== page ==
Jacobs served Our Revolution Miami as a Bernie Sanders delegate, and participated in the Democratic National Convention in Philadelphia in that role. Jacobs now says he is hoping to drum up enough support among local Democrats to get involved as Precinct captains by the Dec. 15th deadline. The goal from there is to keep those individuals involved in politics, and further provide a strong movement within numerous local and state offices. Precinct captains are the only ones who can vote during leadership meetings, which is why filling these posts is so essential.  Continue reading

The Miami foreclosure defense lawyers at Jacobs Keeley have not been shy with criticism of the current presidential administration, in particular with regards to a failure to hold big banks and executives accountable for their central role in the foreclosure crisis. Unfortunately, it does not seem as if the new administration is going to take any more of a hard line on this kind of issue, despite repeated promises to “drain the swamp.” whitehouse

One must look no further than the recent appointment of Steve Mnuchin, Wall Street financier, to the cabinet as Secretary of Treasury. Mnuchin is a career banker. He spent 17 years at Goldman Sachs, ultimately attaining the position of partner. He oversaw a privately-owned hedge fund and later was a top fundraiser for Republican president-elect Donald Trump. He also worked for a time at a California bank that NPR recently referred to as a “foreclosure machine” in the midst of the housing bust.

Essentially, Mnuchin and others were searching for ways to turn a profit from the ruins of the housing market. He and a group of other billionaire investors purchased IndyMac, a bank that took a nosedive after its risky mortgage loans turned sour. He and the others bought it with a promise to pay future losses above a certain threshold – which they did, and after six years, sold it as OneWest at a $1.5 billion profit for $3.4 billion. How did they do this? On the backs of suffering homeowners.  Continue reading

Ocwen Financial holds the keys to some 17,500 defaulted home mortgage loans – and can’t continue to foreclose on a single one. stop

That is true at least for the time being, after the National Mortgage Settlement monitor announced the company is barred from foreclosure action after falling short of the required performance metrics.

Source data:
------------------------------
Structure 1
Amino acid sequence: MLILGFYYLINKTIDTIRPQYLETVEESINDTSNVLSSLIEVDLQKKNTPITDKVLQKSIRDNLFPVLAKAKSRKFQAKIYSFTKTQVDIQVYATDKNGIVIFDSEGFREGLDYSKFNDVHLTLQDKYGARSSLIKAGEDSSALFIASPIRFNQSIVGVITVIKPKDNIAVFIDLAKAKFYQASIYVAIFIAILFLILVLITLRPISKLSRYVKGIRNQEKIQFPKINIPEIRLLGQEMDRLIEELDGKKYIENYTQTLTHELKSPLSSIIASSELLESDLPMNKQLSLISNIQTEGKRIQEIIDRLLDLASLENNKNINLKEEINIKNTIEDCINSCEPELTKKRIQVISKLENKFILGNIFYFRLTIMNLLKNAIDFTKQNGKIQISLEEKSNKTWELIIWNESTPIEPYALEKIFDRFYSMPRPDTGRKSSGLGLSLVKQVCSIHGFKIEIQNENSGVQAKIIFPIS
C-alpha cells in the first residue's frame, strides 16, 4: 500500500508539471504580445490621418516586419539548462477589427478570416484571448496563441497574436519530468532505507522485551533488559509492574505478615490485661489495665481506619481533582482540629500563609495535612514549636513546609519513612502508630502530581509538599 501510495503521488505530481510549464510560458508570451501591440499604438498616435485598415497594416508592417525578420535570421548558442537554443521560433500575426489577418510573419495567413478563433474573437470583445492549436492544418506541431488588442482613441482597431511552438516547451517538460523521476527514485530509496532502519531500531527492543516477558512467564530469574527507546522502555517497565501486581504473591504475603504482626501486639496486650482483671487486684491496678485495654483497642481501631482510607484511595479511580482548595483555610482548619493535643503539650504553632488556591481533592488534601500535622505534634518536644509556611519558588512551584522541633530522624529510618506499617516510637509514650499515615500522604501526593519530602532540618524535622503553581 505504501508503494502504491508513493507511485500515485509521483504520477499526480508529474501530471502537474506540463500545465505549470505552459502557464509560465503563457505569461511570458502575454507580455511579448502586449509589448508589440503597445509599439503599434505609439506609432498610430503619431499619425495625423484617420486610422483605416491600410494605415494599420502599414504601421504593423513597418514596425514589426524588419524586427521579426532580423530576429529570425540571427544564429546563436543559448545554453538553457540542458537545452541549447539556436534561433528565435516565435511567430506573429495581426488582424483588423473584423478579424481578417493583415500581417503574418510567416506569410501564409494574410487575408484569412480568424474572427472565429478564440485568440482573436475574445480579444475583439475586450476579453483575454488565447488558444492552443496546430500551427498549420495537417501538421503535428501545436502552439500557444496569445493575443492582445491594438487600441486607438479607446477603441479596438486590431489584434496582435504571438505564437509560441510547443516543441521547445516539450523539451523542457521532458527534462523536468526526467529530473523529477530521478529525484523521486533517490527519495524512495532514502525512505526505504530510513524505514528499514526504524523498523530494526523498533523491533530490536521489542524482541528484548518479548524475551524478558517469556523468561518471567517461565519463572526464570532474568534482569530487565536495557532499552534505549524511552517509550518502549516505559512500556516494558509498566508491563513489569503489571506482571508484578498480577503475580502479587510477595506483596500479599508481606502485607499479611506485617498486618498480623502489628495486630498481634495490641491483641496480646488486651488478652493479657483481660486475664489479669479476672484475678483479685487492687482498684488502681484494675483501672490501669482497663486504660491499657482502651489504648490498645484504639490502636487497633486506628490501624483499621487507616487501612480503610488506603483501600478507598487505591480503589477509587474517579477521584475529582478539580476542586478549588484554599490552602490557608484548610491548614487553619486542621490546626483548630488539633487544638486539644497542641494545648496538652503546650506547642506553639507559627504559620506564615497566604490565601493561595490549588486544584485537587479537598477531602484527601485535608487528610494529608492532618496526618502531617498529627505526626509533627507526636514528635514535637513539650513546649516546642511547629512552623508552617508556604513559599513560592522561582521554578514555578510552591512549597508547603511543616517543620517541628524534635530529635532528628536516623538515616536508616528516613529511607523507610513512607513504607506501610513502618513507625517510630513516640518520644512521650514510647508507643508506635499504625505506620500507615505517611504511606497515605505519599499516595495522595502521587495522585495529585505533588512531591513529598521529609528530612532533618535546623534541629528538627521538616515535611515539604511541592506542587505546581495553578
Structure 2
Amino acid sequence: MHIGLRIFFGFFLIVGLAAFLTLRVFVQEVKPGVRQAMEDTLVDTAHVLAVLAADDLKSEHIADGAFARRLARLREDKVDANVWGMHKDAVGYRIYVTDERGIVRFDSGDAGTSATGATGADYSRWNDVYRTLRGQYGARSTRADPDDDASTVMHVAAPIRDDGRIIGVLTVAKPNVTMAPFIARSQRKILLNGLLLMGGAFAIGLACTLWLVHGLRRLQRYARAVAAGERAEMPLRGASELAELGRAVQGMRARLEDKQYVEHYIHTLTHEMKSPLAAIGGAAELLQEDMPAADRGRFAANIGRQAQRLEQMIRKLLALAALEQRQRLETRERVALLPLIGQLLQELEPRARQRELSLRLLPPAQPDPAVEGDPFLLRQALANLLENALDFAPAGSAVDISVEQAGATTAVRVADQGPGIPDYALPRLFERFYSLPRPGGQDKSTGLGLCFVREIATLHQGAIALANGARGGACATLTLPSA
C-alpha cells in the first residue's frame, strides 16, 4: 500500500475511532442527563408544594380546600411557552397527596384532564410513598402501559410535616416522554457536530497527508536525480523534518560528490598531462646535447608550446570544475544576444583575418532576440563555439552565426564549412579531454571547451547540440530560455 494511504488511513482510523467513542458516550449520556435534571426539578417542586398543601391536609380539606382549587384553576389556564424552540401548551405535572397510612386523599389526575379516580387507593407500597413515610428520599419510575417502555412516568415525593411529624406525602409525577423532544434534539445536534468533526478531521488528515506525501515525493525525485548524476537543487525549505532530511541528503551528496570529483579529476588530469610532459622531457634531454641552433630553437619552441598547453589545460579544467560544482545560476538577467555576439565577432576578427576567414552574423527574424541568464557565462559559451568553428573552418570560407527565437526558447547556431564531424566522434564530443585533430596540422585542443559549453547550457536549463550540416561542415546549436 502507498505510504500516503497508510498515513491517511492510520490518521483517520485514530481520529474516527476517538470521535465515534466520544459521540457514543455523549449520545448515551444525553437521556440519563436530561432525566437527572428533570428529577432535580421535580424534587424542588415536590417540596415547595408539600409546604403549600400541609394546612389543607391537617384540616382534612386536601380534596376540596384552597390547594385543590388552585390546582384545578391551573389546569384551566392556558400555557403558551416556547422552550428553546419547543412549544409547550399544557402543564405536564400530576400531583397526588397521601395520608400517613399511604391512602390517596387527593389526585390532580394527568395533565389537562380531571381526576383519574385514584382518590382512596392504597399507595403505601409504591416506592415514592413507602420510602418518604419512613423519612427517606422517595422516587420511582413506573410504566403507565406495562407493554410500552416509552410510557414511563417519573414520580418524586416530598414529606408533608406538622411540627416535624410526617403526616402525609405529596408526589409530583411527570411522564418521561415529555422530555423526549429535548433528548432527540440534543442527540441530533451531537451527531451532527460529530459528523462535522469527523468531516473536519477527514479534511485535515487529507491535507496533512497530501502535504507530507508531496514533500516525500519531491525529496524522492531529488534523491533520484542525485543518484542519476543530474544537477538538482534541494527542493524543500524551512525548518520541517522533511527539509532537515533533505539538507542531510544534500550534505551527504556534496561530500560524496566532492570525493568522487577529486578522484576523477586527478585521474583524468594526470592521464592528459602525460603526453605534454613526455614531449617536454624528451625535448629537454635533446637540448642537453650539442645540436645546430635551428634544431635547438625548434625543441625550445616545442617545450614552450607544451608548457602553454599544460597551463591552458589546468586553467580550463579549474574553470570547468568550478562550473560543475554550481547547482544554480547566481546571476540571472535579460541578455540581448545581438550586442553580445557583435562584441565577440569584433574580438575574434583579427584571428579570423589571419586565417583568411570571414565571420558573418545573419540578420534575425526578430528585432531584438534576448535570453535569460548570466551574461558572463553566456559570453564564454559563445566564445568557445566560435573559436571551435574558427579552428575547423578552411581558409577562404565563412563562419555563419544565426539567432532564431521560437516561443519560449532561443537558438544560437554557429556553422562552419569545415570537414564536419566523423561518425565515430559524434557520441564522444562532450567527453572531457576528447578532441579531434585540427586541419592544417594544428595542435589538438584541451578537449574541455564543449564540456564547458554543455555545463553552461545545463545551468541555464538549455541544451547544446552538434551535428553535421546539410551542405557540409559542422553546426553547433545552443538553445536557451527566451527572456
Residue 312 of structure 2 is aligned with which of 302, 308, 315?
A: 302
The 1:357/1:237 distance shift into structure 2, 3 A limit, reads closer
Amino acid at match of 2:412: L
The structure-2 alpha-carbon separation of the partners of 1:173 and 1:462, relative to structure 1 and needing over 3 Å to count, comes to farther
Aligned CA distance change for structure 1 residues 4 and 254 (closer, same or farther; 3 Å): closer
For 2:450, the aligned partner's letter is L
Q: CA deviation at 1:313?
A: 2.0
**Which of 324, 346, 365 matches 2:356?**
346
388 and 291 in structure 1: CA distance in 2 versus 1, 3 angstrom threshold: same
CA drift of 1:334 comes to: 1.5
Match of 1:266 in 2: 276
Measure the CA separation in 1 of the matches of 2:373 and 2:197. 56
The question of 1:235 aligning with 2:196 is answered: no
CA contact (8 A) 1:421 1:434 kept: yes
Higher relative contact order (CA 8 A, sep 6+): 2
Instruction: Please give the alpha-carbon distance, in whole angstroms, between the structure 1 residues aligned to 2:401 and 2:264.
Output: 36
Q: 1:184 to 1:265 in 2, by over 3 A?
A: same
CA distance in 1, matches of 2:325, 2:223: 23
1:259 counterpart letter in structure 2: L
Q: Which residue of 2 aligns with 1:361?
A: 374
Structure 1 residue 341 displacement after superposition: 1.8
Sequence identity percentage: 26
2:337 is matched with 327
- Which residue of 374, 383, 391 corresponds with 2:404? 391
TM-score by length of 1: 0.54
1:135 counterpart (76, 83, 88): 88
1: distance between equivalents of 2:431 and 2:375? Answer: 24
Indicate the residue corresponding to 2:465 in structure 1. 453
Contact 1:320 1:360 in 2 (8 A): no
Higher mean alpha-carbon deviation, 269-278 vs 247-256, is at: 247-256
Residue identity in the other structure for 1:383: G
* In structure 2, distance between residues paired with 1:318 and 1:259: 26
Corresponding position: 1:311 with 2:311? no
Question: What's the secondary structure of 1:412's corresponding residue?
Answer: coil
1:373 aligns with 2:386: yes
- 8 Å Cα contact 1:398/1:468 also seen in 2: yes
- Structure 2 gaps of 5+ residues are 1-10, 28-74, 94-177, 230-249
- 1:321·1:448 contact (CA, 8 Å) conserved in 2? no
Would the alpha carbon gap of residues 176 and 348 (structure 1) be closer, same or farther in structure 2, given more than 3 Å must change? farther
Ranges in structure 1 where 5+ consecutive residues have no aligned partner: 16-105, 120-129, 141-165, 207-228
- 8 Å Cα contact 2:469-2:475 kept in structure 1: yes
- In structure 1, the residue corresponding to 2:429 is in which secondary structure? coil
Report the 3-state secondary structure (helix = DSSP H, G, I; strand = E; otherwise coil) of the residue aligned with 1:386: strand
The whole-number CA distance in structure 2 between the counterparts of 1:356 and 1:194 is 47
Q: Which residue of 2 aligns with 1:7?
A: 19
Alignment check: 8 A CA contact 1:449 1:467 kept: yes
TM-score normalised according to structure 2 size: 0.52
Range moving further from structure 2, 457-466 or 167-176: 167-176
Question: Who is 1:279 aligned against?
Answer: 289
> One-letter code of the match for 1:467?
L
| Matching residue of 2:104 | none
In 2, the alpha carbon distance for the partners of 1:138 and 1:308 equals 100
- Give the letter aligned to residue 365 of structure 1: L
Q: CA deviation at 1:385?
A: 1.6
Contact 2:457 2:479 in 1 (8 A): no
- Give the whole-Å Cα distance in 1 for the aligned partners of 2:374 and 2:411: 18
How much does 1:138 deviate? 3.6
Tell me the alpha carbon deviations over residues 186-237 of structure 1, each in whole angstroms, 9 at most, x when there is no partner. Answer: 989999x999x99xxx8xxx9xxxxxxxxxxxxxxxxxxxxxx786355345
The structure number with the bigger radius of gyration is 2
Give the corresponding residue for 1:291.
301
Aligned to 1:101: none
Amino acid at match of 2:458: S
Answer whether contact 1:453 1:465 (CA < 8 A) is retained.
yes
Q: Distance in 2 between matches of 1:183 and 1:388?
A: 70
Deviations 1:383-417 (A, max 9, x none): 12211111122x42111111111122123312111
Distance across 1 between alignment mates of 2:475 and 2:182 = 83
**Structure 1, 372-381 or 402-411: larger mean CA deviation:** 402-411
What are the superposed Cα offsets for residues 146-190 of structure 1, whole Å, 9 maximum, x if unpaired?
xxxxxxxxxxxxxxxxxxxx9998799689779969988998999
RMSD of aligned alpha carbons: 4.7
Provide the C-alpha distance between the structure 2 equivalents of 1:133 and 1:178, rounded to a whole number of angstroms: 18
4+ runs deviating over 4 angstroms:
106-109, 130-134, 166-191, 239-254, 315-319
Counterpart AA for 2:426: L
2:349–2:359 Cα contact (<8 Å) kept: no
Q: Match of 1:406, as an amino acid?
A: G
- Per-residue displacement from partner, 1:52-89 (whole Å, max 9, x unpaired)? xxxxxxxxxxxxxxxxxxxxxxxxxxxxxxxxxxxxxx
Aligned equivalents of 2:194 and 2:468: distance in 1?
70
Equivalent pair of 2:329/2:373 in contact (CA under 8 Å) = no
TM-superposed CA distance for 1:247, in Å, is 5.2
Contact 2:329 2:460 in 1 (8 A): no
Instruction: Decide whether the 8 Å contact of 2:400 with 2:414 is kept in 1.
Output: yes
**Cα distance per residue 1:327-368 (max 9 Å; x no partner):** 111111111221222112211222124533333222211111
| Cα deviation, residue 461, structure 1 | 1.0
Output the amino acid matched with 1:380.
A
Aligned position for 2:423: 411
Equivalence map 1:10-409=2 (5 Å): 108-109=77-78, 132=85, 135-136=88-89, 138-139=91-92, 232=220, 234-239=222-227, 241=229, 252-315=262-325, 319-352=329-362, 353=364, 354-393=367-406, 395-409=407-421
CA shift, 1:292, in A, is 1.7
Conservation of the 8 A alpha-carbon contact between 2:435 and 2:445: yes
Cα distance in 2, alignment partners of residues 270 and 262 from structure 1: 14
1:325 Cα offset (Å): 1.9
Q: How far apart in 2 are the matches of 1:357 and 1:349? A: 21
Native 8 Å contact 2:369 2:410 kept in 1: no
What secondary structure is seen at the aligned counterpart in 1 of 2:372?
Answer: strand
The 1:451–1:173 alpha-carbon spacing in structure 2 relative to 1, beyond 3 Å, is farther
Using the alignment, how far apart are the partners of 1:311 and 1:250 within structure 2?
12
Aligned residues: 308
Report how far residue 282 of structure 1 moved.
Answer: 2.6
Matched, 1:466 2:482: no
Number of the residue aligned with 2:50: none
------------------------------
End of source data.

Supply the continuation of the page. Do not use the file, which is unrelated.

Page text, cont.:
The monitor announced the mortgage servicer failed on a key metric that requires the mortgage servicer to send a loan modification denial notification to the borrower. This notice needs to denote why the modification was denied, as well as the facts that weighed into this ruling by the servicer. It also must indicate a timeline in which the defaulted homeowner can offer evidence the decision was a mistake.

The National Mortgage Settlement office first announced the company wasn’t in compliance with this metric back in October. However, it’s now been seven months, and the company still hasn’t remedied the problem. That led the office to bring all of Ocwen’s foreclosures to a screeching halt.  Continue reading

A recent analysis by online residential real estate site Trulia encourages people in their 20s and 30s to take the plunge into home ownership, citing in its “Rent vs. Buy Report” that purchasing a home is now 23 percent less expensive than renting. That figure holds true across the country. Assuming a buyer age 24-to-34 can plunk down a 10 percent down payment, and combined with an interest rate that hasn’t been lower since 2012 and soaring rents in urban areas, Trulia calculated it’s actually 36 percent cheaper to buy than rent. house

It would seem a solid argument. But millennials don’t seem to be buying it – or those houses.

For a very long time, owning a home was an important ideal and a rite of passage in American culture. And to be sure, there can be plenty of benefits, including the fact that mortgage interest payments are tax deductible. Plus, monthly payments go toward helping the buyer – rather than a landlord – acquire and maintain an asset. Continue reading

In a recent article for the Daily Business Review, a highly-regarded legal industry publication, Miami Foreclosure Attorney Bruce Jacobs of Jacobs Keely weighs in on the issue of why lenders can’t flout the statute of limitations.gavel3

The piece, “Statute of Limitations Applies to Everyone, Even Lenders,” stems from the mortgage foreclosure case of Bartram v. U.S. Bank, for which the Florida Supreme Court will hear oral arguments on appeal from the 5th DCA on November 4th.

Statutes of limitations exist in both criminal and civil law for purposes of keeping the law both fair and predictable and preserving the court’s order. So for example, in personal injury cases, claimants have up to four years to file a claim, after which point the right to sue expires. For written contracts (which includes mortgages) the statute of limitations is five years. A claimant who waits any longer than that loses out on the right to have that case heard – regardless of whether damages are $10 or $10 million. Continue reading

Former Federal Reserve Chairman Ben Bernanke has two major regrets when it comes to his agency’s handling of the financial meltdown of 2008.book

First, he says he should have been more aggressive with his public relations to explain to the public why massive bailouts of the companies that caused the crisis were necessary. Secondly, he says many more Wall Street executives should be serving prison sentences right now for the role they played in triggering the Great Recession.

With regard to the later, he says in his new memoir, The Courage to Act: A Memoir of a Crisis and Its Aftermath, that the Justice Department and other law enforcement agencies were more focused on indictment or threats against large financial firms. Very little of the investigations focused on individual executives. And after all, he noted, wrongful and illegal acts that precipitated the economic crisis were not carried out by abstract firm. Rather, these were actions taken for the benefit of individuals. Continue reading